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Democratic Lawmakers Draft Resolution to Fully Abolish Slavery

Democratic Lawmakers Draft Resolution to Fully Abolish Slavery

Democratic members of the House of Representatives and the Senate put forth a resolution on Wednesday to eliminate language within the 13th Amendment to the United States Constitution which permits slavery to be imposed as a form of legal punishment.

Photo by Mark Wilson/Getty Images

Senator Jeff Merkley (D-OR), who cosponsored the measure along with Senators Bernie Sanders (I-VT), Ed Markey (D-MA), and Chris Van Hollen (D-MD), told The Associated Press that the 13th Amendment “continued the process of a white power class gravely mistreating Black Americans, creating generations of poverty, the breakup of families and this wave of mass incarceration that we still wrestle with today.”

Merkley explained that the proposed revision is “kind of saying to the world, let’s not forget this big piece of injustice that’s sitting squarely in the middle of our Constitution, as we wrestle with criminal justice reform.”

In an emailed statement to AP, Van Hollen said that “this change to the 13th Amendment will finally, fully rid our nation of a form of legalized slavery.”

In the House, Congressman William Lacy Clay Jr. (D-MO), who serves on the Congressional Black Caucus which was founded in 1971 by his father and predecessor, former Democratic Representative William Clay Sr., said that the proposal “seeks to finish the job that President (Abraham) Lincoln started” and that it would “eliminate the dehumanizing and discriminatory forced labor of prisoners for profit that has been used to drive the over-incarceration of African Americans since the end of the Civil War.”

Contrary to popular belief, the 13th Amendment did not entirely outlaw slavery.

It reads: “Neither slavery nor involuntary servitude, except as a punishment for crime whereof the party shall have been duly convicted, shall exist within the United States, or any place subject to their jurisdiction.”

That final clause has led to the exploitation of labor by people in prison, who are frequently subjected to working for a pittance – or no wages at all – in factory assembly lines and outdoors among the elements.

“Researchers have estimated the minimum annual value of prison labor commodities at $2 billion, derived largely through a system of convict leasing that leaves these workers without the legal protections and benefits that Americans are otherwise entitled to,” wrote AP.

Consequently, the Amendment’s insidious wording has caused disproportionate harm to Black Americans especially in the South, AP wrote:

Many Americans will recognize modern-day prison labor as chain gangs deployed from prison facilities for agricultural and infrastructure work. The prevalence of prison labor has been largely accepted as a means for promoting rehabilitation, teaching trade skills and reducing idleness among prisoners.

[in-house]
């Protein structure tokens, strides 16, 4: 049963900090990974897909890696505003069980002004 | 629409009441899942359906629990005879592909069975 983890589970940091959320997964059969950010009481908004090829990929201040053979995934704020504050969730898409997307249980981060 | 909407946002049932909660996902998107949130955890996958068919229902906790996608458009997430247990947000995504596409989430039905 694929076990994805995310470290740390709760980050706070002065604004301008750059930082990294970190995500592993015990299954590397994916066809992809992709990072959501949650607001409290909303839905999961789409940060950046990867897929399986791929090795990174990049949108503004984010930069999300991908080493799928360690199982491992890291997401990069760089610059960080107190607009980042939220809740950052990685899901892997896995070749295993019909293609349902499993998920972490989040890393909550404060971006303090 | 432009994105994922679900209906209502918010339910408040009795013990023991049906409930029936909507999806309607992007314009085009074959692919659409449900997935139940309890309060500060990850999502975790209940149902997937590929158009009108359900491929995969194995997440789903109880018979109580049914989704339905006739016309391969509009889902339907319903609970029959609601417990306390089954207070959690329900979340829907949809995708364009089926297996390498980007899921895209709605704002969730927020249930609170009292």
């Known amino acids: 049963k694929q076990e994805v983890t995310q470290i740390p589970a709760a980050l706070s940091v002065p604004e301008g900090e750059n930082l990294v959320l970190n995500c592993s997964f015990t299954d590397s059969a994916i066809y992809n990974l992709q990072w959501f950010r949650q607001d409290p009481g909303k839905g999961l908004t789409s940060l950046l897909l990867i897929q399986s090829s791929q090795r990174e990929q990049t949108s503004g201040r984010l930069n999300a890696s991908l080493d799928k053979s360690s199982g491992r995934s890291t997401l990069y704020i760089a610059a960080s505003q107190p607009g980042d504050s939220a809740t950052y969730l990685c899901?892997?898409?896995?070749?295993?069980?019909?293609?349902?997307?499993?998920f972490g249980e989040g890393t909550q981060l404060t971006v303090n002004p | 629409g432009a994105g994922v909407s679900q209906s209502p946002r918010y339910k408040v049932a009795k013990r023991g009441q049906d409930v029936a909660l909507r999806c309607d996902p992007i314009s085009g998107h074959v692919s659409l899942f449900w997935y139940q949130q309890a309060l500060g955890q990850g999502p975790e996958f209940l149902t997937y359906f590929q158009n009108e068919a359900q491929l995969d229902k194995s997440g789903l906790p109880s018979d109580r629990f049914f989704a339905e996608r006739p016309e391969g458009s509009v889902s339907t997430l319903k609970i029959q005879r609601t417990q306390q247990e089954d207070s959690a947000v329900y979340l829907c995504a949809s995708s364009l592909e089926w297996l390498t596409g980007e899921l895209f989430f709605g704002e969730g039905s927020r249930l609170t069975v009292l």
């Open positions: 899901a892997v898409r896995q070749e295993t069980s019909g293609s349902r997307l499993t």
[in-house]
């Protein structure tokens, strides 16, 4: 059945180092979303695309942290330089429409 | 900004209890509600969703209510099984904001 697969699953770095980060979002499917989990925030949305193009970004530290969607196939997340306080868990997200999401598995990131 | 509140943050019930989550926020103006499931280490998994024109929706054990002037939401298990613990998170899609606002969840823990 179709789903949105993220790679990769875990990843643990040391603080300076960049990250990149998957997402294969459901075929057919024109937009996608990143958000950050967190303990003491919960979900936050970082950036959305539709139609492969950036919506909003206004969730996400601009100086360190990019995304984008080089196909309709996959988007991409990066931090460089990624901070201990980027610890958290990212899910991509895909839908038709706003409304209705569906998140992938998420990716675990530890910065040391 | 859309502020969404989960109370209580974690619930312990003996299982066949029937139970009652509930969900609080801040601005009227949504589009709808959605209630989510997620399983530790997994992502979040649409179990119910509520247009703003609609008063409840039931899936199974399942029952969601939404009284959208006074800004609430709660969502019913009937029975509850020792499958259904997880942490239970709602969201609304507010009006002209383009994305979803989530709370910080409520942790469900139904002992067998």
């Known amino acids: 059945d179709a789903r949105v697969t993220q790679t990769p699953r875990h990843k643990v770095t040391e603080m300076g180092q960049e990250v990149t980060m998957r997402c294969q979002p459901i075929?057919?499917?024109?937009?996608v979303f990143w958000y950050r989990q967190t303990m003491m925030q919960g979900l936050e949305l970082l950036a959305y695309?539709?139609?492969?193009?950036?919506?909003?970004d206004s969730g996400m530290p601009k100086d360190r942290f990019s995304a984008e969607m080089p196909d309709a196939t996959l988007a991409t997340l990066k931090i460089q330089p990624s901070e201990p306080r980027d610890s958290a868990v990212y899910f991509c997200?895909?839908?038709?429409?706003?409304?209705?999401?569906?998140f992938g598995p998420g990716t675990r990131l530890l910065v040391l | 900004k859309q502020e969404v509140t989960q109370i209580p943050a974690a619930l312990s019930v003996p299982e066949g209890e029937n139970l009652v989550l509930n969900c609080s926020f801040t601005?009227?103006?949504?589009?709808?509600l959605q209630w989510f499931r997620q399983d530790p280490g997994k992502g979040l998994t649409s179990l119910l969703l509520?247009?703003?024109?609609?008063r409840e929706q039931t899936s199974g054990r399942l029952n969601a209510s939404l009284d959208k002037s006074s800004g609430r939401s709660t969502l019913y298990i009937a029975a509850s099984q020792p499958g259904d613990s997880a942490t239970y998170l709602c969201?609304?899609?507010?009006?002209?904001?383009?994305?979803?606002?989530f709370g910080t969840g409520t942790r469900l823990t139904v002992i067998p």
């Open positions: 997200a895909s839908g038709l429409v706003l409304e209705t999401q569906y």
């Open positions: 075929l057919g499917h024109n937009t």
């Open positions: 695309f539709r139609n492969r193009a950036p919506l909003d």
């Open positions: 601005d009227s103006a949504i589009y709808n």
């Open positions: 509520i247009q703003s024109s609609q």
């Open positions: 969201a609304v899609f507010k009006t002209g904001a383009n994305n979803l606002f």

But the practice has a much darker history. Following the abolition of slavery, Southern states that lost the literal backbone of their economies began criminalizing formerly enslaved Black men and women for offenses as petty as vagrancy or having unkempt children.

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Michele Goodwin, a constitutional law professor at the University of California, Irvine, said that the constitutional loophole has effectively resulted in the legal re-enslavement of Black Americans.

“These people became criminals, and it became very difficult for many abolitionists to use the same kinds of emotional messaging about the humanity of these individuals,” Goodwin said. “Your freedom has been taken away — that’s the punishment that society has assigned. The punishment is not that you do slave work, that is unpaid labor or barely paid labor.”

Numerous human rights and social justice organizations, inculding The Sentencing Project, the Anti-Recidivism Coalition, Human Rights Watch, and Color of Change have endorsed the resolution.

“It is long past time that Congress excise this language from the U.S. Constitution which should begin to put an end to the abusive practices derived from it,” Laura Pitter, deputy director of the Human Rights Watch’s US division, told AP.

Successfully amending the Constitution is no small task, however. Ratification requires approval from two-thirds of the House and Senate as well as three-quarters of state legislatures.

Forty-nine days until the inauguration.

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